PUBLISHED: 14:42 01 February 2010 | UPDATED: 15:01 20 February 2013
Surrounded by ancient stripfields and overlooked by prehistoric barrows - a 'last outpost of time past.'
To gain some idea of Chelmorton's remarkable geometry, imagine the skeleton of a great whale, made up of a succession of parallel ribs running away at right angles from a very long spine. Think of the ribs as the stone walls that now enclose the narrow field strips which lie within the boundaries of what were once two huge medieval open fields. Visualise the spine as the long, straggling village street, which runs from the old Buxton-Bakewell road to the foot of Chelmorton Low, a bold, rounded hill that is topped by two prehistoric barrows and rises to 1,442 feet, some 200 feet above the limestone plateau on which the linear village stands.
The use of a marine analogy to describe this landscape is particularly apt because, improbable though it may seem, the limestone rocks of the White Peak plateau are actually the fossilised remnants of creatures and plants that lived in a warm, shallow sea which covered the area in the Carboniferous period, some 350 million years ago. Carboniferous limestone now forms the fabric of Chelmorton, from its cottages to its barns and stone walls. Even the village telephone box is stone-built.
At the foot of the village street, there is a superbly proportioned Georgian building known as Townend Farmhouse, which has four splendid Venetian windows and a neat pedimented doorway. The adjacent agricultural buildings, with their gritstone quoins and a porthole window, are also very grand. However, this elegant assembly of eighteenth-century buildings is something of a false introduction to Chelmorton, because almost all the other cottages and farms that flank the village street are simple structures with no pretensions whatsoever.
Two buildings do manage to make their presence felt, largely because they are bigger than their neighbours, but also because they have quite imposing symmetrical faades. These are the former Primitive Methodist Church, now converted into a private house called Primitive Hall, and the Memorial Institute. The institute, which was erected in 1922 and began life as a men's club, had become unhealthily damp and semi-derelict by the turn of the millennium and was on the point of being sold. However, it was saved at the eleventh hour by a vociferous protest group, which then evolved into a management committee that has overseen the renovation of the building over the last six years.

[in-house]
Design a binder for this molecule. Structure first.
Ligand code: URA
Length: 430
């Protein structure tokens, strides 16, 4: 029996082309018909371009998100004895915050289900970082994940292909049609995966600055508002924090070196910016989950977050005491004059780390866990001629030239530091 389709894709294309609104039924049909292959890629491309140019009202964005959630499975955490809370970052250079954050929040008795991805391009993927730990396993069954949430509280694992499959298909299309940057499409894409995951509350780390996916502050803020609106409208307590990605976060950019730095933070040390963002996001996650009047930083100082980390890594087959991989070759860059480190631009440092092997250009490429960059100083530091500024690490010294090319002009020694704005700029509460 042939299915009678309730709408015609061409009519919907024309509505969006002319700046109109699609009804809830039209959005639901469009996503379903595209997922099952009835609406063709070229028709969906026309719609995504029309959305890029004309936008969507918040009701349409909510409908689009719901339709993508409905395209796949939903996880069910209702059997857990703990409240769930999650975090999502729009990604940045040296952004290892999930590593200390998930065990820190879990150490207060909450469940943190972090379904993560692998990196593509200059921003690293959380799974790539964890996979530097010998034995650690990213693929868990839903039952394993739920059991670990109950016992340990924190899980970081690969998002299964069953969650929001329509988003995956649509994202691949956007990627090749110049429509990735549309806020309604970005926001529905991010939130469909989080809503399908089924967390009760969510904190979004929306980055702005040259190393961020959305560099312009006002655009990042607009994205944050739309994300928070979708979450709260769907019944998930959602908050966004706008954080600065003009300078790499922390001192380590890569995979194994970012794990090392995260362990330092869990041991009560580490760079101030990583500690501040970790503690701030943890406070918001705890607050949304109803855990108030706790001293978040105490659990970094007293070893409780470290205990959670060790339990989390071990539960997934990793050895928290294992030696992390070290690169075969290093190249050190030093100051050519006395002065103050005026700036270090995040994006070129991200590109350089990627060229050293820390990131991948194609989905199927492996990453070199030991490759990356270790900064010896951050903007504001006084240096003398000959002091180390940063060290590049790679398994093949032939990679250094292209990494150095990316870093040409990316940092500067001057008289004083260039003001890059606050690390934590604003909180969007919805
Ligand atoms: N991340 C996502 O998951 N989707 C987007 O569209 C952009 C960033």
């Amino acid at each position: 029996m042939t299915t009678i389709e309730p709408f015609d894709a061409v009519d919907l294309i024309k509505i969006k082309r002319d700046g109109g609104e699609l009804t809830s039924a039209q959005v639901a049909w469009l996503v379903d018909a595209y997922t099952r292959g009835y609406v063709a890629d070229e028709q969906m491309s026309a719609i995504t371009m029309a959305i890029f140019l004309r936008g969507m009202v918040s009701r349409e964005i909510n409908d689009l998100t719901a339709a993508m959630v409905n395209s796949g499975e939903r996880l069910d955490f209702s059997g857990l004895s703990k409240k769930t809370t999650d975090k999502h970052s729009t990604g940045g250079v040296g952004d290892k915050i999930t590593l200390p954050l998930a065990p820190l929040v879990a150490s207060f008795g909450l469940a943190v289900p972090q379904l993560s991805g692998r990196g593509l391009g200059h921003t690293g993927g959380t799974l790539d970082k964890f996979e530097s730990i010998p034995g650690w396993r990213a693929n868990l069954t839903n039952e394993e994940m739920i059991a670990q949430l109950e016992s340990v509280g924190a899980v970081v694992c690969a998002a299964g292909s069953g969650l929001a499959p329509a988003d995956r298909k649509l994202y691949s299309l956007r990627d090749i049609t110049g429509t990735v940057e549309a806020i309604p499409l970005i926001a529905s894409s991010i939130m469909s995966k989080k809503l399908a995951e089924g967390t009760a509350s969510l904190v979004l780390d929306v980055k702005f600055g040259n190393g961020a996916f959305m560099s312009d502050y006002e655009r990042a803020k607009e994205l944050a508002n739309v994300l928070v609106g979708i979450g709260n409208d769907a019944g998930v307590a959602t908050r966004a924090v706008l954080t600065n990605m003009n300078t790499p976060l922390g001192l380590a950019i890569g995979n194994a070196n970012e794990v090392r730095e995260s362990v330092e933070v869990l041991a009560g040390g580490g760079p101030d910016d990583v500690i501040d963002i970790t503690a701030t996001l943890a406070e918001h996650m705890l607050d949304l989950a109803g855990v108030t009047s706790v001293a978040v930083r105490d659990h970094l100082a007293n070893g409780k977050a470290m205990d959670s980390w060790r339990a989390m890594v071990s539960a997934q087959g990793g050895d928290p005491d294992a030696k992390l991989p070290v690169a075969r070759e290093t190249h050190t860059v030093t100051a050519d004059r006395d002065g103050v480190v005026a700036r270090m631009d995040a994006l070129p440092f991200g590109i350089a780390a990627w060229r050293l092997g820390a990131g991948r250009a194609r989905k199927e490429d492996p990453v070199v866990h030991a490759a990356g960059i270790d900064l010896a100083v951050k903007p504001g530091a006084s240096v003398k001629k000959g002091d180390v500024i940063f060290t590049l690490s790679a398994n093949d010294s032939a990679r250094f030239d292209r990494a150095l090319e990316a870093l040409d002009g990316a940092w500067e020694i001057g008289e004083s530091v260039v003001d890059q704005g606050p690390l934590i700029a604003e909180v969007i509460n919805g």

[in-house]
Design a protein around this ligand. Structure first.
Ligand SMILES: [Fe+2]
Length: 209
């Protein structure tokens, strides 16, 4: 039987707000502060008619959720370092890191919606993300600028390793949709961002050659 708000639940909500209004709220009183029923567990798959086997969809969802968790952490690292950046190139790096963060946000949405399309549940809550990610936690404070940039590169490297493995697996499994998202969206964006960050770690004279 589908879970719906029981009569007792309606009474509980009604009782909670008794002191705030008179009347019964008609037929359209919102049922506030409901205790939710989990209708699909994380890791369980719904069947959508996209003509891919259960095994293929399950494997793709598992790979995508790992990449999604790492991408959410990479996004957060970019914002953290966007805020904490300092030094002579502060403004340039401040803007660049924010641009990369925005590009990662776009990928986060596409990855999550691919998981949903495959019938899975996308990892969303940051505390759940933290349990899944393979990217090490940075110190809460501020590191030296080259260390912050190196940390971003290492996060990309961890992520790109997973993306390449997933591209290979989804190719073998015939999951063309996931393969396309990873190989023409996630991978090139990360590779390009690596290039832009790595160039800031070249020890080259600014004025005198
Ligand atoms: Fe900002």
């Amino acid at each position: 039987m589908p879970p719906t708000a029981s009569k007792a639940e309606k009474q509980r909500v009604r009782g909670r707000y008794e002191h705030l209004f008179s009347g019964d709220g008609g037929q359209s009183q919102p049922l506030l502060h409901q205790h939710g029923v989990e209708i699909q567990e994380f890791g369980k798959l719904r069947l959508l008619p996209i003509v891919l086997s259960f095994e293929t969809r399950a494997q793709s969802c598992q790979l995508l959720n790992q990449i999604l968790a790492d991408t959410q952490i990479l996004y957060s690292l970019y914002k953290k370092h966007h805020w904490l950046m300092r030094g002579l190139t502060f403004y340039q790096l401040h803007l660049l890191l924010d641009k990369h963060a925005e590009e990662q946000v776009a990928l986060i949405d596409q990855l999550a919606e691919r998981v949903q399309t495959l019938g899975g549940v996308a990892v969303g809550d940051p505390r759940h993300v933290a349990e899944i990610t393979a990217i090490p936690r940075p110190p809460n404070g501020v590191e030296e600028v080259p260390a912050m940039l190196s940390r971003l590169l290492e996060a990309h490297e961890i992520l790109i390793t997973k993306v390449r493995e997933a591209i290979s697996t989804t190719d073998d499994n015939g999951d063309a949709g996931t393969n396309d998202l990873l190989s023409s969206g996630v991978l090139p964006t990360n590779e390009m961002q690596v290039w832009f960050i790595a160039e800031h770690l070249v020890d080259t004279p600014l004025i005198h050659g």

Harry Mayo, who lives in a cottage across the road from the institute, is an active member of the committee. He has lived in Chelmorton since 1967, when he decided to set up home in the village with his new bride. On the face of it, his decision to retreat to a country idyll at the very moment when he was faced with the responsibilities that come with married life seemed foolhardy, not least because commuting difficulties forced him to give up his steady job in a Manchester advertising agency. However, the move turned out to be every bit as life-enhancing as he had hoped.
Harry established his own very successful publicity and print firm in Sheffield and he and his wife Ann have been more than happy to bring up their two sons in the agreeable rural surroundings of their adopted village, where Harry has served as chairman of the parish council and Ann has been a long-serving co-organiser, with Carol Allcock, of the Over Sixties' Club.
The couple have seen lots of changes in the village over the years: many of the farms are no longer worked on a full-time basis; most of the barns have been converted into dwellings; kerbing of the footpaths has added an incongruous urban touch; and the village shops, the school, the Primitive Methodist Church and the post office have all closed. When the institute was also threatened with closure, Harry and many other villagers felt that they should make a last stand to save at least this building for the people of Chelmorton.
Thanks to various grants, the building's damp problem has been solved, new windows have been fitted and a new kitchen has been installed to enable Ann and other volunteers to put on refreshments for visiting coach parties. Regular talks, meetings and dances ensure that the hall is once again a focus of village life.
Chelmorton's other focal points stand at the very end of the village street, where it finally peters out on the lower slopes of Chelmorton Low. The village pub, originally called the Blacksmith's Arms but re-christened the Church Inn in 1884, stands to the left of the road and the parish church of St John the Baptist stands in a large, sloping churchyard to the right of the road. Its gritstone spire, which seems to be thrown into permanent silhouette against the brooding bulk of Chelmorton Low, is topped by a weather vane in the shape of a locust - St John the Baptist survived in the wilderness on a diet of locusts and honey.
Since 1995, the churchyard, which is a haven for insects, birds, mammals and wild flowers, has been carefully protected by a group of volunteers under the Living Churchyard Scheme. One area is mown regularly; another section, which is treated as a hay meadow, is mown after the wild flowers have seeded and a third area is preserved as grassland and cut in the autumn.